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MidFlip vs. Wikipedia

(A love letter)

Wikipedia, we love you.

Please think of us (MidFlip) as your younger brother. We are a bit more social, easy-going, and type-b. We don’t want to tread on your toes! You keep doing you. We think your goal is amazing. “The free encyclopedia that anyone can edit!” Awesome.

We are here to do something a little different. While you are based on the encyclopedia, we model ourselves on the Greek Forum. A sometimes-rowdy place, for eloquent speeches and democratic debates.

What does this mean? Well, a number of things.

At Wikipedia, your topics may be something like: “Cats”, “Artificial Intelligence”, and “Avatar: The Last Airbender”. At MidFlip, the titles of our topics sound a bit more exciting, informal, and specific. For example, “How to Train Your Cat”, “Artificial Intelligence: Predicting the next 5 years”, and “Zuko’s character arc in Avatar: The Last Airbender”. Besides the titles, our texts also feel… different… well I’ll just say it… we want entertaining text! We believe that, just as a good teacher entertains us to keep our attention, a good article should captivate us in order to better teach. At MidFlip, we allow for videos and images and anything else that will help with comprehension. Now, I know big brother, what you are going to say. That this will allow for more bias. That a neutral voice is required. That we are playing with fire. Well, you are probably right! But we (MidFlip) are not an Encyclopedia. We are a democratic forum. We make it clear that we are not promising the truth. Instead, we allow all sides to make their case, and we push those sides to continually be more sophisticated and eloquent in their arguments.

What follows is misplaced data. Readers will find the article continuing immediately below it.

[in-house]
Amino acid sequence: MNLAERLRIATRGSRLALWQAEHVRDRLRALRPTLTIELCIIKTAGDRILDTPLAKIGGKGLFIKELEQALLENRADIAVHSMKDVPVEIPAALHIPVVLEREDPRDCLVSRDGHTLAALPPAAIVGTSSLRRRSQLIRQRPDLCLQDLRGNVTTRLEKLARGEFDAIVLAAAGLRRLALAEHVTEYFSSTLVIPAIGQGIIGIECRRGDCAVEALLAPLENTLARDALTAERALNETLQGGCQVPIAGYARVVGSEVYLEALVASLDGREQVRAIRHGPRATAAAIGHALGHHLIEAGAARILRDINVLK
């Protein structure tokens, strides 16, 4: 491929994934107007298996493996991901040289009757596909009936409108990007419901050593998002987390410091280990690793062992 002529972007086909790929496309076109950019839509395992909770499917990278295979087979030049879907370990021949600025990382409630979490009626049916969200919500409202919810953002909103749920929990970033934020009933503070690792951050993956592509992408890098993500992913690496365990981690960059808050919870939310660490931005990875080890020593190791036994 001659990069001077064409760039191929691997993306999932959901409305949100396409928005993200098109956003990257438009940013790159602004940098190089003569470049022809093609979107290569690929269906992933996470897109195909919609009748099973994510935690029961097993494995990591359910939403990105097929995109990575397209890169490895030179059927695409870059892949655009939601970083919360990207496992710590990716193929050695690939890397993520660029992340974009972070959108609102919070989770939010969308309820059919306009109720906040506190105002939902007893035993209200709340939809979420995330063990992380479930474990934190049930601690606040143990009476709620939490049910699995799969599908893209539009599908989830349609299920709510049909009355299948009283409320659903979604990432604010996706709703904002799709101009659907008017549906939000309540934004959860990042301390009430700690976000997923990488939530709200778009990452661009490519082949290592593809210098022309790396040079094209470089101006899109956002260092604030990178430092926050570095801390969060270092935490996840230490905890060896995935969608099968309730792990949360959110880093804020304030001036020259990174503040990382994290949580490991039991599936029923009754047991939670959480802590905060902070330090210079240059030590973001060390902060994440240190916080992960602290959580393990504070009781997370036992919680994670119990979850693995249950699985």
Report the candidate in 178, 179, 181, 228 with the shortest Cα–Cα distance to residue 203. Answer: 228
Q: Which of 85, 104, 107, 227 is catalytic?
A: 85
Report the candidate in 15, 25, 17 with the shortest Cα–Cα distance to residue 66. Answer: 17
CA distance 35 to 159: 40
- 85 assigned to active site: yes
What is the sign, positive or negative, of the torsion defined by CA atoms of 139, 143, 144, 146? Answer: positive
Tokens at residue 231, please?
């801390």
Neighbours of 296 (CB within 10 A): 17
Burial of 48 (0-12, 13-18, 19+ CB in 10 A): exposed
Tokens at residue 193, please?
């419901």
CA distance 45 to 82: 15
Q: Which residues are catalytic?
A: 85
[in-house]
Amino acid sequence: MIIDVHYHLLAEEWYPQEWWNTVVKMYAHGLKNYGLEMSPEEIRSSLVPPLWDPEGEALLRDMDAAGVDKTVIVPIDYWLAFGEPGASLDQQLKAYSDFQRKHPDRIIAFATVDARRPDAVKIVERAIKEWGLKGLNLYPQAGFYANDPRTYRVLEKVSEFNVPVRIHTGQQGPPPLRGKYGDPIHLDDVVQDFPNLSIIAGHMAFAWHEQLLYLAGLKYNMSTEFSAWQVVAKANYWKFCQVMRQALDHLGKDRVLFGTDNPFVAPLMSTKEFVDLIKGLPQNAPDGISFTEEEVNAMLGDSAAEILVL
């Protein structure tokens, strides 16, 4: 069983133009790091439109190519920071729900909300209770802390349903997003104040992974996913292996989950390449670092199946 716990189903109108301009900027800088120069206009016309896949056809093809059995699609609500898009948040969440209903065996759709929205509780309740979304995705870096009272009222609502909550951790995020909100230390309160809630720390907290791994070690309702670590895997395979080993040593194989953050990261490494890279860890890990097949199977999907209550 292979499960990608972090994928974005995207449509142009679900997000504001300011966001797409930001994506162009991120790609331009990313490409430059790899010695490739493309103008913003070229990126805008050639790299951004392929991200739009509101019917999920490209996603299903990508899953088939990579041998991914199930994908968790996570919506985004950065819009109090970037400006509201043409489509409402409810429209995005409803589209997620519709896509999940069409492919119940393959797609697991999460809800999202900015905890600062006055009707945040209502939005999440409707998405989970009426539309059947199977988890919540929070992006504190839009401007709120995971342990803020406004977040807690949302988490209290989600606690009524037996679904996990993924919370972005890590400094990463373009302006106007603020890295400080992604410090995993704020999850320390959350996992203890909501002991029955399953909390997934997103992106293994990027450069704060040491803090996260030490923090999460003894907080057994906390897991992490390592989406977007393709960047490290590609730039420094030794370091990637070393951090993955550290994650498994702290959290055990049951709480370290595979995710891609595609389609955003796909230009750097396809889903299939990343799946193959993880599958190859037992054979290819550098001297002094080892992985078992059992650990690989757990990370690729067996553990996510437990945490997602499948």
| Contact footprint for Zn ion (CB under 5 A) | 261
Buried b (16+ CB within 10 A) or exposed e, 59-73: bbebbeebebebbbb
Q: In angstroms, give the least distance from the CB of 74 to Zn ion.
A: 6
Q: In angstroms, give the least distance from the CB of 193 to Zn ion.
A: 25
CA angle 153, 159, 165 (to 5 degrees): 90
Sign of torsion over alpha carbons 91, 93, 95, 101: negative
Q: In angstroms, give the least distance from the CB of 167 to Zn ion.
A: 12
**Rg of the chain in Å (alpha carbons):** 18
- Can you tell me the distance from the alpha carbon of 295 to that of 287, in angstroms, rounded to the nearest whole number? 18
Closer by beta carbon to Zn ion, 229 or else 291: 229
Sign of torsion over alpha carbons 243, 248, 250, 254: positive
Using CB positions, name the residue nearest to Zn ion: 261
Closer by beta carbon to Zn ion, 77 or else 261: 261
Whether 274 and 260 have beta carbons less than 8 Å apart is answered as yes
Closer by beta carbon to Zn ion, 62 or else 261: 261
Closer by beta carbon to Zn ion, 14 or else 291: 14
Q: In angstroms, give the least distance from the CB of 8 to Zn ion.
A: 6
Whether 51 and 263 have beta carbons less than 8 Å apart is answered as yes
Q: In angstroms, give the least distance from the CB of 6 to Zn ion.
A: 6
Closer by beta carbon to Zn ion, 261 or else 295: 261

How does it work? You may ask. Well, like you, Wikipedia, our topics can be edited by anyone! But we have a different way of doing this. As you know, we are kind of rebellious. We don’t like hierarchies of people determining what is true. So, we hold democratic votes on whether edits should be accepted. These votes work as follows. For each topic, we have a champ text that represents the topic. Each week, people can submit rival texts. Rival text’s can be the exact same as the champ text, except for some small improvement. For example, a new image or video or sentence. If by the end of the week, the rival text has more votes than the champ text, then it becomes the new champ, and the improvement is kept! In this simple way, our topics are continually updated.

That sounds chaotic, you may say… I think we have had this argument before. I’ll remind you that autocrats call free-speech and democracy chaotic. Perhaps embracing some level of chaos is healthy, as long as we generally iterate in a good direction. Besides, we have thought of and implemented many systems that mitigate trolls and echo-chambers:



And yes, we style ourselves as a social media site. Big brother, we know you are not a fan of this. But times change. How can we represent societies views on topics, if society does not interact with us? Our social media design encourages use and interaction. We do not want to be a site that people only visit when they have a homework question. We want people of all walks of life to use our platform happily and easily on a regular basis. Besides have you seen other social media platforms? Perhaps this space needs a good player with a new idea.

We love you, Wikipedia. Keep making the world a better place. We have big boots to fill if we are ever to truly compare to you. We wish you good luck in your journey to construct an orderly narrative of the world. When you have time, pay us a visit. We will be here in our democratic forum: MidFlip. Embracing chaotic creativity and debate, in the pursuit of intelligent social discussions.

MidFlip is driven to constantly improve. Give us a direction! Give feedback or ask questions here: [email protected]